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Mike Davis | Archive | Email |
Staff Writer

Glad You Traded for that QB?

Last Weekís Question: Does your league rate teams before the season begins?

In my column for Week 9, I asked if there were any leagues that made a habit of having owners rank teams after the draft and before the season. I heard from several commissioners like Dave, whose league does this in an informal way:

After the draft is over, I will usually post a poll asking which team (other than their own) had the best draft. Most owners will respond, and it provides for some chatter later in the season, But the primary reason I do it is to give the owners a reason to go looking at each other’s rosters after the draft & become familiar with each of the teams.

There’s a lot to like about Dave’s approach here. Instead of requiring owners to do something, he simply makes it easy for them to participate in an exercise that is likely to have value for all of them down the road. But since his poll isn’t obligatory, the level of participation presumably varies from year to year, so it’s not even clear whether any conclusions about the accuracy of the predictions of owners could be reached even if he kept records of the poll (which it’s not clear that he does).

Unfortunately, I didn’t hear from any leagues that take a more rigorous approach to grading teams before the season begins. It would be interesting to know if consensus favorites consistently make or miss the playoffs, but these aren’t the kinds of records that leagues seem likely to keep or evaluate. My apologies to Bruce for not being able to produce a better answer, but this question instantly struck me as a longshot.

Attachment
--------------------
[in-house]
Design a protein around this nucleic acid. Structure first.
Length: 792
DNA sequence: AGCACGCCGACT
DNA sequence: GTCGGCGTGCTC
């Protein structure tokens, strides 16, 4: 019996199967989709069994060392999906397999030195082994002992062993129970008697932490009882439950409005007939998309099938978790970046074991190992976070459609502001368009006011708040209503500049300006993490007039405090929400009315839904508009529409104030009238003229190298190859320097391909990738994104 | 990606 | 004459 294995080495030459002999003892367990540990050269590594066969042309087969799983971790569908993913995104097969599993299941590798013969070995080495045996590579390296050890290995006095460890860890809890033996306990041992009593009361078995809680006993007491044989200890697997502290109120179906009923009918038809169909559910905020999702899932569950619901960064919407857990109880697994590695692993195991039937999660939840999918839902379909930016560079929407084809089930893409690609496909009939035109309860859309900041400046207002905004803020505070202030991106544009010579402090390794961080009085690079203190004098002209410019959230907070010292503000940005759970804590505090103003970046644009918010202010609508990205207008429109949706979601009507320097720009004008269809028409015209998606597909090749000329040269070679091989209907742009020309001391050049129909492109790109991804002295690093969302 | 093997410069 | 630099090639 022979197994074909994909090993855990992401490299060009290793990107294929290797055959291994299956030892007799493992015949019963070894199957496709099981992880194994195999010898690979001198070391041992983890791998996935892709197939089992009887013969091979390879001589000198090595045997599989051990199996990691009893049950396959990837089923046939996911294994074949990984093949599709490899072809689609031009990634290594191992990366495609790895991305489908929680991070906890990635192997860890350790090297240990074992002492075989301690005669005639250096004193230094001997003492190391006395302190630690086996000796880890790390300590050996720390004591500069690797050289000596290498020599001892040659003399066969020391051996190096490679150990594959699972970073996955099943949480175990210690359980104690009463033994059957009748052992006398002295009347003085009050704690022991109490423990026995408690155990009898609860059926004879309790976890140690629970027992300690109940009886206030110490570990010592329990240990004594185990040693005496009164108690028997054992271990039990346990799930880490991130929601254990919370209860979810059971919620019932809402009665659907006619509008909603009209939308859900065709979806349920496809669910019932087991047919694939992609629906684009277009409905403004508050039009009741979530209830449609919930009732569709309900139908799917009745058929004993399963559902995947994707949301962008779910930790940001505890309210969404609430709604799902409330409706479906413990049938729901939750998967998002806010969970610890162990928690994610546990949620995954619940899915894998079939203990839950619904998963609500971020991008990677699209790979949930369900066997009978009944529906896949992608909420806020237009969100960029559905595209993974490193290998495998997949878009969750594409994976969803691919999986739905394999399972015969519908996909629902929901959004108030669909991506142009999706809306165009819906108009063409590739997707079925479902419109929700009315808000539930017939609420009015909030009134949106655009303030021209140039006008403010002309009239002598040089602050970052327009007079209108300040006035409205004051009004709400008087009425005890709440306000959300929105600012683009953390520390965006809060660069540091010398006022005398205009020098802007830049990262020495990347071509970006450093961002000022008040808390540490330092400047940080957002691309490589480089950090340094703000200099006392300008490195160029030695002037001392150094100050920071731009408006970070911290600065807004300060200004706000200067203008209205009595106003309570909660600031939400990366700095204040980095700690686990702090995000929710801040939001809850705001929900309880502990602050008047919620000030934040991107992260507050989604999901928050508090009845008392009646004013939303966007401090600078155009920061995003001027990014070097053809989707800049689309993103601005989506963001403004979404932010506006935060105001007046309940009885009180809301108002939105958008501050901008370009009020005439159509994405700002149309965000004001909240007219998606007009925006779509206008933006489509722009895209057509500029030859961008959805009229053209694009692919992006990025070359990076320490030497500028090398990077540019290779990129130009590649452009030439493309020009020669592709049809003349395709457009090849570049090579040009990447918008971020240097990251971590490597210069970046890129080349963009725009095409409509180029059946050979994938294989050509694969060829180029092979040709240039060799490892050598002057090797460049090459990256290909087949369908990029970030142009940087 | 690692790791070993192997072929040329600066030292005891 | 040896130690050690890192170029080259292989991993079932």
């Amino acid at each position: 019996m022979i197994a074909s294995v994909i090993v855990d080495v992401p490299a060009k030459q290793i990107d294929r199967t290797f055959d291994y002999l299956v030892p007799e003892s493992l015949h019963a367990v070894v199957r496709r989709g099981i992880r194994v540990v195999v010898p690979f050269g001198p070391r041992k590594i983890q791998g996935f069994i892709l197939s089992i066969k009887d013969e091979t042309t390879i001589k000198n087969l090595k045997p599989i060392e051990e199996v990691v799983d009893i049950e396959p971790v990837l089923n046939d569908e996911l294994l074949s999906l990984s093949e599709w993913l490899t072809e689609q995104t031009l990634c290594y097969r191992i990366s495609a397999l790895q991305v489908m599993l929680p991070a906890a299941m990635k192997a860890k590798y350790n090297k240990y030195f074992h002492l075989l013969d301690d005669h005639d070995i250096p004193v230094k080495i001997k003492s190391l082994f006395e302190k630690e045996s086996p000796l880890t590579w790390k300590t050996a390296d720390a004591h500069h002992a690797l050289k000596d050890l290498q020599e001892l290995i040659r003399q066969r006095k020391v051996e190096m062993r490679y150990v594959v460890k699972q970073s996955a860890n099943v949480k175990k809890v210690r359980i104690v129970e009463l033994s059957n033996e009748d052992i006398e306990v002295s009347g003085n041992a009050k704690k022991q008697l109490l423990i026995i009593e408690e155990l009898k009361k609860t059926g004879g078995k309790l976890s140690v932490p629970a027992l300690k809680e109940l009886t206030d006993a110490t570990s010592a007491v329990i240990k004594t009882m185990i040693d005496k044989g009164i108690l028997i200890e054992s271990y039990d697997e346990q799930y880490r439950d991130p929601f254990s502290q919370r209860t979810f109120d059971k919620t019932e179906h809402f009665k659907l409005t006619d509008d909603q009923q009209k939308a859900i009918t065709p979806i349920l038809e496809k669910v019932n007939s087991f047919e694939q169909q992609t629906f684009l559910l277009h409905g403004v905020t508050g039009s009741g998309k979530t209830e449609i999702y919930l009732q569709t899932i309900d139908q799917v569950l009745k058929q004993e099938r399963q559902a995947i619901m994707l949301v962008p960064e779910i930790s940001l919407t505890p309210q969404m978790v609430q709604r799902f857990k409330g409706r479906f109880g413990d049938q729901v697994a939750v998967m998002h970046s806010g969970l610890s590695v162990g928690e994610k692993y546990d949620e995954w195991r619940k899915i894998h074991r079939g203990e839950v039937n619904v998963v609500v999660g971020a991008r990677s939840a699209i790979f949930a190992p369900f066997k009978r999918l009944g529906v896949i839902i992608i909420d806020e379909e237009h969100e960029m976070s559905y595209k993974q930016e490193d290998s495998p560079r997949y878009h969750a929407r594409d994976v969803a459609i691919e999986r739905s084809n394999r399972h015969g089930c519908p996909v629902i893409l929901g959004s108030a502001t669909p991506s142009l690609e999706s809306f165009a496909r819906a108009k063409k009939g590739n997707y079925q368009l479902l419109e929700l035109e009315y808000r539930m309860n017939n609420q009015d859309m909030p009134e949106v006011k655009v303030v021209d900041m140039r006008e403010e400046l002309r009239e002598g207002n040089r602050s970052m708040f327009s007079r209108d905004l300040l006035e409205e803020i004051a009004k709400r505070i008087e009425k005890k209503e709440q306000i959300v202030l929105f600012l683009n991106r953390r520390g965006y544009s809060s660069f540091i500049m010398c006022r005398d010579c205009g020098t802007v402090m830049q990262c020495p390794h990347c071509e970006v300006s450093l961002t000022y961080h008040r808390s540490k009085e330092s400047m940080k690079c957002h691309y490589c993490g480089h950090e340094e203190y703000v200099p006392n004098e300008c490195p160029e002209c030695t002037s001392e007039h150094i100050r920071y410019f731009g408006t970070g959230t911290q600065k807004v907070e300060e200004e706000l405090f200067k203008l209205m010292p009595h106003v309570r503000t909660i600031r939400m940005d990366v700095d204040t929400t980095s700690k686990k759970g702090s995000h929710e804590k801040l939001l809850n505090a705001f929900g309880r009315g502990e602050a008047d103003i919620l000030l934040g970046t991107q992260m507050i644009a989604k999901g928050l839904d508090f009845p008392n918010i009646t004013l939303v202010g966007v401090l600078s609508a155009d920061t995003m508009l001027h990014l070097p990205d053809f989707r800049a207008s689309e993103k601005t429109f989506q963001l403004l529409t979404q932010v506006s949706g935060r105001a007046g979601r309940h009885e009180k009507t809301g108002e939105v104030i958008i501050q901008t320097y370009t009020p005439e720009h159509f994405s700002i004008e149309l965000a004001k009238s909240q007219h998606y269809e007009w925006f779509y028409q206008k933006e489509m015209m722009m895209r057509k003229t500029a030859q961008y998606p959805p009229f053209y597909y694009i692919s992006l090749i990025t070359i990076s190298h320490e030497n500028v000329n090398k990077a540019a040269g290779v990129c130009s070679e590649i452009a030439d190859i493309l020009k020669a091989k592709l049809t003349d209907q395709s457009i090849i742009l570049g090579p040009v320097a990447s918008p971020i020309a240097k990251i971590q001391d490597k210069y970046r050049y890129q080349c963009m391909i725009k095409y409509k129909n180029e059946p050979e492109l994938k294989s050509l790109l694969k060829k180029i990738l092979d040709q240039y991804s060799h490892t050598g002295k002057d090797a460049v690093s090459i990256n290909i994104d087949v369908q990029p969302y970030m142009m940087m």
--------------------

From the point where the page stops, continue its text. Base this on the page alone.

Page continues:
Blake  Bortles

This week’s question: Are you glad about a trade you made for a QB in 2018?

I have a confession to make about my approach to QBs in fantasy: I donít really care about them. In the FFToday staff league, I didnít pull the trigger on a QB until the 17th round of our 18-round draft. I ended up with Blake Bortlesówhich was fine with me, even when he was benched. When a QB doesnít work out or is on a bye, I can always stream a replacement based on a favorable matchup.

Thatís how I ended up with Ryan Fitzpatrick filling in for Bortles in Week 9. Sure, Fitzmagic got off to a great start this year, but of course his owner cut him when Jameis Winston took back over in Tampa. Thatís just how it goes with QBs; nobody really has room on their roster to store a backup. Thatís just one reason that there are always quality QBs available on waivers. (A second reason is that every week thereís a new QB playing against the Browns.)

When it comes to scarcity, thereís simply no comparison between productive running backs and productive QBs. I ended up with just 1 QB drafted in the 17th round in the staff league precisely because I wanted to focus on depth at RB & WR. I needed that depth at RB, since I drafted Jerick McKinnon, Devonta Freeman, Marshawn Lynch, Ty Montgomery, James White, and Doug Martin. I lost McKinnon before the season began, Freeman early, and Lynch not much later. Montgomery was a dice roll that didnít work out. After spending 6 draft picks on RBs, I was unable to meet the requirement of starting 2 RBs in Week 7 (with McKinnon, Freeman and Lynch injured and both Martin and Montgomery on their bye). I had to snag Kapri Bibbs from waivers just to submit a full lineupóand I felt lucky to land Bibbs under the circumstances.